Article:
Planet 9

September 24, 2019

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On August 24, 2006, a large group of Pluto-fans was shocked when the International Astronomical Union (IAU) demoted Pluto from a full planet to a dwarf planet. Our nine-planet solar system suddenly became an eight-planet solar system and planetary mnemonics changed from “My Very Enthusiastic Mother Just Served Us Nine Pizzas” to “My Very Enthusiastic Mother Just Served Us Noodles”. But in early 2016 Konstantin Batygin and Michael E. Brown published a paper that would cheer up all astronomers out there still rooting for Pluto. Their paper titled “Evidence for a distant giant planet in the solar system” suggests there might be mathematical evidence for the existence of a distant “Planet 9”.  Even though this planet has not been discovered yet, it’s existence would explain the unusual orbital paths of other distant objects.
Our solar system is built up out of our star, the Sun, and everything bound to it by gravity. Near the Sun, we find the four terrestrial planets, Mercury, Venus, Earth, and Mars. They are small planets with solid and rocky surfaces that can withstand the heat of the Sun. A bit further from the Sun, we find planets made out of gas, the giants Jupiter and Saturn and ice giants Uranus and Neptune, all pulled together by gravity. Beyond these eight planets, we find what we call the Kuiper Belt, a sort of donut-shaped belt outside the orbit of Neptune, filled with orbiting icy objects. One, for example, is our favorite dwarf planet, Pluto. The Kuiper Belt is in one of the most distant parts of our solar system and the objects that inhabit this region are usually referred to as Kuiper Belt objects (KBO’s). One KBO that first sparked the idea of Planet 9 is called Sedna, first spotted in 2003. Sedna’s aphelion, its furthest distance from the Sun, is over 900 Astronomical Units (AU). (One AU is the average distance between the Earth and the Sun). This is approximately 132 billion km!. But if these KBOs are already so far away, how do they suggest the existence of a Planet 9?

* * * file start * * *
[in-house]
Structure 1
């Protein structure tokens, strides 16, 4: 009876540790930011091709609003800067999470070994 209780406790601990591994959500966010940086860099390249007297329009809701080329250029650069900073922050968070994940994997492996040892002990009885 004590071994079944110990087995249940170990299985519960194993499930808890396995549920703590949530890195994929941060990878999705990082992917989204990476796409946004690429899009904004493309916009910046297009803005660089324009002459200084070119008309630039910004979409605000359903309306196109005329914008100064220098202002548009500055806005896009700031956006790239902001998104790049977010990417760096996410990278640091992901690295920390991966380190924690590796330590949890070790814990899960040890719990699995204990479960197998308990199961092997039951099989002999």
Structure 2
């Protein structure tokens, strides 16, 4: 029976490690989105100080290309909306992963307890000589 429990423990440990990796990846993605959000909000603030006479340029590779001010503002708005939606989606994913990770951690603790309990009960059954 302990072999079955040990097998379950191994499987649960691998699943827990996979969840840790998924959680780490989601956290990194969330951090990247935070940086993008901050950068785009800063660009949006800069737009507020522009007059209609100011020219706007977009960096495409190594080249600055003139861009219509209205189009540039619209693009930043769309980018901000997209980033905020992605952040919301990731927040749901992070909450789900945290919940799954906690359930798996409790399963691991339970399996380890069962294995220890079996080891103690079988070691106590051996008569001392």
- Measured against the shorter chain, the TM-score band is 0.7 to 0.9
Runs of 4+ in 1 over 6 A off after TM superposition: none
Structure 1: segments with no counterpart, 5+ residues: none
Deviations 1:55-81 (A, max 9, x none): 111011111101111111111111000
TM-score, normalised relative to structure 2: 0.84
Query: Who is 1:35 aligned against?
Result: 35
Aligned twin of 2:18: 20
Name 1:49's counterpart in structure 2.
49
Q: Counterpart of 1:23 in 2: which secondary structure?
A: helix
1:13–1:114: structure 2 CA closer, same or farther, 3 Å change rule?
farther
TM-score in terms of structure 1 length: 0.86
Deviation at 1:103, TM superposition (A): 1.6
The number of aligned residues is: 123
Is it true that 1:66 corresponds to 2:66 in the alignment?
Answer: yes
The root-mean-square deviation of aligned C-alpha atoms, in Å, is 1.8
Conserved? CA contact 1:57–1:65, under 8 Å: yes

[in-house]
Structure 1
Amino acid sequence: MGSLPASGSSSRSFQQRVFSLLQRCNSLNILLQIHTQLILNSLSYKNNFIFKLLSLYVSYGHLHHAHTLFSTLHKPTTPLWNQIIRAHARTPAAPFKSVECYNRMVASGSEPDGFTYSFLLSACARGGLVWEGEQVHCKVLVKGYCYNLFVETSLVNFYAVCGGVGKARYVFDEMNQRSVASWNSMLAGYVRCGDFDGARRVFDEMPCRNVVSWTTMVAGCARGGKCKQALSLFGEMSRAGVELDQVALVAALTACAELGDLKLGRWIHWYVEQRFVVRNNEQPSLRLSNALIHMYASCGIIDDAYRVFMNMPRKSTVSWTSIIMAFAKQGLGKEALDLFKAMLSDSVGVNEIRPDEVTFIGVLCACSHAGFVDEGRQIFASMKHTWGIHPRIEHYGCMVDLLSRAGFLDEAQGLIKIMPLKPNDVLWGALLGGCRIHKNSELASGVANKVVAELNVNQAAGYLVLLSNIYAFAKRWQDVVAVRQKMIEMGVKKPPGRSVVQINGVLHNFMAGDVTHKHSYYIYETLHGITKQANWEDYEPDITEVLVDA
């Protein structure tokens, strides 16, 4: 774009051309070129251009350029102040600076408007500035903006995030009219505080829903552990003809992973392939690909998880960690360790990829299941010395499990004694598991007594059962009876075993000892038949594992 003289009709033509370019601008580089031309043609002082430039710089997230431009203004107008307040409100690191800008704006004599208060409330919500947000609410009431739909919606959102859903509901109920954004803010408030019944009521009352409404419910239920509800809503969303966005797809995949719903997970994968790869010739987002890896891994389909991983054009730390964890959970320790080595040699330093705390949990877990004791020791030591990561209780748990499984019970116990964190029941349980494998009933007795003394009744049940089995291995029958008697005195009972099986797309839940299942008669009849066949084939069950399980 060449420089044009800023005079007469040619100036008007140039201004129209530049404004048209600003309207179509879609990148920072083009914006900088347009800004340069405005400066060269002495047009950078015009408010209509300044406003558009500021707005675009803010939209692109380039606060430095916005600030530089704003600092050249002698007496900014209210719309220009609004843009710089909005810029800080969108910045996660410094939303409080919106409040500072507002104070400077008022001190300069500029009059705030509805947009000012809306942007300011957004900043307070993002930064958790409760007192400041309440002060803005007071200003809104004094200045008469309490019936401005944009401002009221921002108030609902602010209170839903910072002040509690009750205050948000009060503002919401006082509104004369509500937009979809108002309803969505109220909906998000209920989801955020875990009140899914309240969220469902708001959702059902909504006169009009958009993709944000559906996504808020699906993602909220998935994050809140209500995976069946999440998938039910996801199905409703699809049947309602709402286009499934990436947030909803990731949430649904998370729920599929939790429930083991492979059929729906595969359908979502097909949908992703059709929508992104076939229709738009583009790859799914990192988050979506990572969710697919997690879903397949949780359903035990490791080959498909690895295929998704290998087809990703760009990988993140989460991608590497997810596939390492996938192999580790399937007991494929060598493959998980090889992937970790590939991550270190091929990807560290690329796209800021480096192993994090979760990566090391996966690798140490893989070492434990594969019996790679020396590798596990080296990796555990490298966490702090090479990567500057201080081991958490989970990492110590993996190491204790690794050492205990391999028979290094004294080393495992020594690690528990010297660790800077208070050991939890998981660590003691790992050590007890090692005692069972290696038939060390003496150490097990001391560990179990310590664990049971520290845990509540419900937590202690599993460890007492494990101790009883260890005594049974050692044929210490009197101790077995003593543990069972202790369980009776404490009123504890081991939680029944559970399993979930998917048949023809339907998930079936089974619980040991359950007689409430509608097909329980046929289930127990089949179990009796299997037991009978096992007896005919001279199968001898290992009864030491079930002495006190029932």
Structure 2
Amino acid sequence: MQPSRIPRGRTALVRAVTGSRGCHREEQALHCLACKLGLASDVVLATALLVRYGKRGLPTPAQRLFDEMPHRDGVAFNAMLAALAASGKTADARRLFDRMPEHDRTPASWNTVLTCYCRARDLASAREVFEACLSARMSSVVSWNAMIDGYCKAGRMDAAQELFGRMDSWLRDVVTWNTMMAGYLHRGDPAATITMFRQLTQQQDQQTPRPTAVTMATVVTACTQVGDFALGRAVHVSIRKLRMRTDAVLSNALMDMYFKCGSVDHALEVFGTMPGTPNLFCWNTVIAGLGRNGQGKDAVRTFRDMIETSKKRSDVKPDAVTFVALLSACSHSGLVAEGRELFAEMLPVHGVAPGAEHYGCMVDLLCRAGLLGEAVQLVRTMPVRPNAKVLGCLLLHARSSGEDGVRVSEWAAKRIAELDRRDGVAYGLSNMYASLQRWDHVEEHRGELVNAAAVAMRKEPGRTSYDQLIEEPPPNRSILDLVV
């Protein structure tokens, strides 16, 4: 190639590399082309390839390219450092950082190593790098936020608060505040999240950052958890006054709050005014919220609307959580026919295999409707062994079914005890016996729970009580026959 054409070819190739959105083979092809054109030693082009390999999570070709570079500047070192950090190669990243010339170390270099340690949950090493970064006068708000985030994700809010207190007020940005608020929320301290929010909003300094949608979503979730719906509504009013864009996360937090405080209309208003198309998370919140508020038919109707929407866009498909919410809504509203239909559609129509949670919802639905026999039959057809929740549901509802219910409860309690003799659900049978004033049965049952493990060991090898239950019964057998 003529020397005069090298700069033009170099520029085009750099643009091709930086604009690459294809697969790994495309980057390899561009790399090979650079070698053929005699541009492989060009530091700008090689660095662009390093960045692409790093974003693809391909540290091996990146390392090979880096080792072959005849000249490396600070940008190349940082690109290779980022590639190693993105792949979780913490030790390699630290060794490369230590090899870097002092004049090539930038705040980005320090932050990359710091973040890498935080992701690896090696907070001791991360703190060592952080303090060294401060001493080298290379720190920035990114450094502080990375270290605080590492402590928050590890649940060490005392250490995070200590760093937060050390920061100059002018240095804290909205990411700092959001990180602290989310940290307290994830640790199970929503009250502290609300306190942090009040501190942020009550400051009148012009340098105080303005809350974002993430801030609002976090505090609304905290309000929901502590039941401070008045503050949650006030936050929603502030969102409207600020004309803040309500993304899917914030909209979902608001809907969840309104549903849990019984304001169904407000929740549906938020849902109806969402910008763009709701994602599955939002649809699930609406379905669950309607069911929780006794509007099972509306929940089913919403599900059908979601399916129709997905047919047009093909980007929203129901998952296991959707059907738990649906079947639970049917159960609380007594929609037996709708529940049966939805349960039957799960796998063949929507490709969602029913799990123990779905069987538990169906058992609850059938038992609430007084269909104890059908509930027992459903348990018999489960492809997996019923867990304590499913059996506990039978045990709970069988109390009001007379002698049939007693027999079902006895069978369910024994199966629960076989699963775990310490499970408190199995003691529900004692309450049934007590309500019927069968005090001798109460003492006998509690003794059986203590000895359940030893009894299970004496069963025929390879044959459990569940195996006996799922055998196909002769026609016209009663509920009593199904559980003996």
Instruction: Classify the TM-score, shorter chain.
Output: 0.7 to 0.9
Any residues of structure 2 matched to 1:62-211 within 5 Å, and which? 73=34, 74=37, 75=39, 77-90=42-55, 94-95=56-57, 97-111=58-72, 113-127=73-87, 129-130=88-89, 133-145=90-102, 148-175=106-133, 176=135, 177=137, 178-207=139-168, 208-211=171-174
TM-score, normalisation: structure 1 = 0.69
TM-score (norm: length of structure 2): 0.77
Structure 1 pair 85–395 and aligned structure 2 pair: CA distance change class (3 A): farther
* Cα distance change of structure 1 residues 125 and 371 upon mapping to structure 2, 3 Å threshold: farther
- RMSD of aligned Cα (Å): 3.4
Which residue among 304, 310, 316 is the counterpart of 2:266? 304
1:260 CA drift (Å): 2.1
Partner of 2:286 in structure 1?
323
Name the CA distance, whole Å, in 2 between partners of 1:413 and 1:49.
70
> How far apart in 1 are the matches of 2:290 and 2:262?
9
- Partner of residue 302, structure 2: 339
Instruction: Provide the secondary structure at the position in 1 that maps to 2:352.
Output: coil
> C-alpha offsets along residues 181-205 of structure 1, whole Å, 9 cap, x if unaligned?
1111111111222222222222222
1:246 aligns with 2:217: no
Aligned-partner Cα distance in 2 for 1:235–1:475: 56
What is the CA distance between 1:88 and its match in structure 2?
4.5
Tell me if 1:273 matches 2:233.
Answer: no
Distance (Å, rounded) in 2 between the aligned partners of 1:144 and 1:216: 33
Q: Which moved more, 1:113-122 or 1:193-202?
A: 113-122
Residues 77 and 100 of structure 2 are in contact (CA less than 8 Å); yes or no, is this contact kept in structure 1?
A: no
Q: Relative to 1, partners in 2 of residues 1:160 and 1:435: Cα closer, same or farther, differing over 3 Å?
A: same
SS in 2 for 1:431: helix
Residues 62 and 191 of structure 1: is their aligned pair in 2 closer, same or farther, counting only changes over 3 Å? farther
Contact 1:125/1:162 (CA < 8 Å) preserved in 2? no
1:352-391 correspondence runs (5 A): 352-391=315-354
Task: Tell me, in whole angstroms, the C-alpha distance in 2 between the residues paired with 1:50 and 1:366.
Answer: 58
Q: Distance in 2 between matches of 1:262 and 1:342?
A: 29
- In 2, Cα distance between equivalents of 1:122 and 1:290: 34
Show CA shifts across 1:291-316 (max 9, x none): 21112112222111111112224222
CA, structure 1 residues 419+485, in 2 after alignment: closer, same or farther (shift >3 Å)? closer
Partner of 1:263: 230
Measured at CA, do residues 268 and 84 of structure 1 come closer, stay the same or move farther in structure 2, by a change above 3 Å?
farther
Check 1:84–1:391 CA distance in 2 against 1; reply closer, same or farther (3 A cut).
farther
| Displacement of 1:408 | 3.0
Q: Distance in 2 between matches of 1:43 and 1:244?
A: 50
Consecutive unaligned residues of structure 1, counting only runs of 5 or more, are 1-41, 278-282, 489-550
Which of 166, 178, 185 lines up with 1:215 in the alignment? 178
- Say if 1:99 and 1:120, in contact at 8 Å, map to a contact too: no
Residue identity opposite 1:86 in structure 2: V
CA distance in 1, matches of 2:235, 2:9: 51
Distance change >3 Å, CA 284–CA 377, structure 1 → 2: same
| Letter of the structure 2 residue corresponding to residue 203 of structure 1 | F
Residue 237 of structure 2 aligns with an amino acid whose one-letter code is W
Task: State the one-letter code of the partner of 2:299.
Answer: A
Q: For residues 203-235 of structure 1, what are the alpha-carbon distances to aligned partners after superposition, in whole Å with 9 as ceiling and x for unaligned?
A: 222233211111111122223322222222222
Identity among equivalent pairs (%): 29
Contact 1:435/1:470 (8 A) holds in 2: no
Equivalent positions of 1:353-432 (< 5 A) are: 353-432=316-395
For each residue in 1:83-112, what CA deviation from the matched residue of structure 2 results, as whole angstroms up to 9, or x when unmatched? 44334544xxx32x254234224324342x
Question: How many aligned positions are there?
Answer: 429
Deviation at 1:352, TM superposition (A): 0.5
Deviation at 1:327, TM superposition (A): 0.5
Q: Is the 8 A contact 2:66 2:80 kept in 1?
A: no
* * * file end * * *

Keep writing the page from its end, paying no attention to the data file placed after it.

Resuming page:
All objects in the solar system are governed by the gravitational pull of other objects. That is why the earth orbits around the Sun, and the moon orbits around the earth. And while most KBOs are being what they call “shepherded” by Neptune (their orbits show the gravitational pull of Neptune on their path), a significant number of extremely distant KBO’s – like Sedna – don’t.  Their orbits are shaped in such a way that would indicate the presence of another planet. Hence Sedna is one of a group we call extreme KBOs, an unusual cluster of objects. More and more of these extreme KBOs were discovered over the years. In early ‘19, the object FarFarOut (named after his predecessor FarOut) was discovered and became the furthest object yet detected in our Solar System.
Batygin and Brown began their research by investigating the orbits of KBOs with a certain perihelion, an object’s closest distance to the Sun denoted by q, and a certain semimajor axis, the largest axis of an ellipse-shaped orbit denoted by a.